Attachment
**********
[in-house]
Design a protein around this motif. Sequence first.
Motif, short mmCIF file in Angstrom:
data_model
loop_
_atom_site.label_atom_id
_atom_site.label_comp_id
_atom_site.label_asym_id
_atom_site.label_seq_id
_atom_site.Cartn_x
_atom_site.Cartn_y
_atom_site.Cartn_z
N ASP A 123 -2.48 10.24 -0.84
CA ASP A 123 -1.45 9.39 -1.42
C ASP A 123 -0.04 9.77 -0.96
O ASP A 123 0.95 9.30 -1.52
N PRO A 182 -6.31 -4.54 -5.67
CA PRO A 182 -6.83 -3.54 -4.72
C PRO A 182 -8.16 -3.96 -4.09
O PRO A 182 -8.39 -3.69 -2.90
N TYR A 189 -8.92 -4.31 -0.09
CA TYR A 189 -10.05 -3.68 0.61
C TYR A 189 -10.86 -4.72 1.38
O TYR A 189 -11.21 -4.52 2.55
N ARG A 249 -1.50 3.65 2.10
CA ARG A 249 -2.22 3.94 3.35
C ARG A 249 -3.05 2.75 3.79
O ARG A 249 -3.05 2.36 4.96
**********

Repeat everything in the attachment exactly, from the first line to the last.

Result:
[in-house]
Design a protein around this motif. Sequence first.
Motif, short mmCIF file in Angstrom:
data_model
loop_
_atom_site.label_atom_id
_atom_site.label_comp_id
_atom_site.label_asym_id
_atom_site.label_seq_id
_atom_site.Cartn_x
_atom_site.Cartn_y
_atom_site.Cartn_z
N ASP A 123 -2.48 10.24 -0.84
CA ASP A 123 -1.45 9.39 -1.42
C ASP A 123 -0.04 9.77 -0.96
O ASP A 123 0.95 9.30 -1.52
N PRO A 182 -6.31 -4.54 -5.67
CA PRO A 182 -6.83 -3.54 -4.72
C PRO A 182 -8.16 -3.96 -4.09
O PRO A 182 -8.39 -3.69 -2.90
N TYR A 189 -8.92 -4.31 -0.09
CA TYR A 189 -10.05 -3.68 0.61
C TYR A 189 -10.86 -4.72 1.38
O TYR A 189 -11.21 -4.52 2.55
N ARG A 249 -1.50 3.65 2.10
CA ARG A 249 -2.22 3.94 3.35
C ARG A 249 -3.05 2.75 3.79
O ARG A 249 -3.05 2.36 4.96